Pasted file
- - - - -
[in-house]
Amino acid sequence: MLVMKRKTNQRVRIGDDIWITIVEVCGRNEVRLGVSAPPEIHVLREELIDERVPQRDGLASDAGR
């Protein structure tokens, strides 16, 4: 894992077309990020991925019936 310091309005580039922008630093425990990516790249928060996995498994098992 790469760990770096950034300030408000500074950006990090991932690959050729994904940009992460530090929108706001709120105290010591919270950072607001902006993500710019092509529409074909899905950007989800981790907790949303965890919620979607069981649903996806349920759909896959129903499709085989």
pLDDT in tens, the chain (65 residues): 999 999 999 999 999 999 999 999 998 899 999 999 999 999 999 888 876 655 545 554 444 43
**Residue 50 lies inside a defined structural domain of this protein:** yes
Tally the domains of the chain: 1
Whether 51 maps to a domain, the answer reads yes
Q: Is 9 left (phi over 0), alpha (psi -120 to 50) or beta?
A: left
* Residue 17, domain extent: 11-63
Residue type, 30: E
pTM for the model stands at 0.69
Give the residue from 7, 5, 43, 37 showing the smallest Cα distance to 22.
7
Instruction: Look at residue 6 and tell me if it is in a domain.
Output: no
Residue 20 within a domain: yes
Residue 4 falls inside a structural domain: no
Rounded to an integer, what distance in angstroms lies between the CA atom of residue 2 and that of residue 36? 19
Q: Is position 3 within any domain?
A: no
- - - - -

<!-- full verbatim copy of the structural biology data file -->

[in-house]
Amino acid sequence: MLVMKRKTNQRVRIGDDIWITIVEVCGRNEVRLGVSAPPEIHVLREELIDERVPQRDGLASDAGR
């Protein structure tokens, strides 16, 4: 894992077309990020991925019936 310091309005580039922008630093425990990516790249928060996995498994098992 790469760990770096950034300030408000500074950006990090991932690959050729994904940009992460530090929108706001709120105290010591919270950072607001902006993500710019092509529409074909899905950007989800981790907790949303965890919620979607069981649903996806349920759909896959129903499709085989």
pLDDT in tens, the chain (65 residues): 999 999 999 999 999 999 999 999 998 899 999 999 999 999 999 888 876 655 545 554 444 43
**Residue 50 lies inside a defined structural domain of this protein:** yes
Tally the domains of the chain: 1
Whether 51 maps to a domain, the answer reads yes
Q: Is 9 left (phi over 0), alpha (psi -120 to 50) or beta?
A: left
* Residue 17, domain extent: 11-63
Residue type, 30: E
pTM for the model stands at 0.69
Give the residue from 7, 5, 43, 37 showing the smallest Cα distance to 22.
7
Instruction: Look at residue 6 and tell me if it is in a domain.
Output: no
Residue 20 within a domain: yes
Residue 4 falls inside a structural domain: no
Rounded to an integer, what distance in angstroms lies between the CA atom of residue 2 and that of residue 36? 19
Q: Is position 3 within any domain?
A: no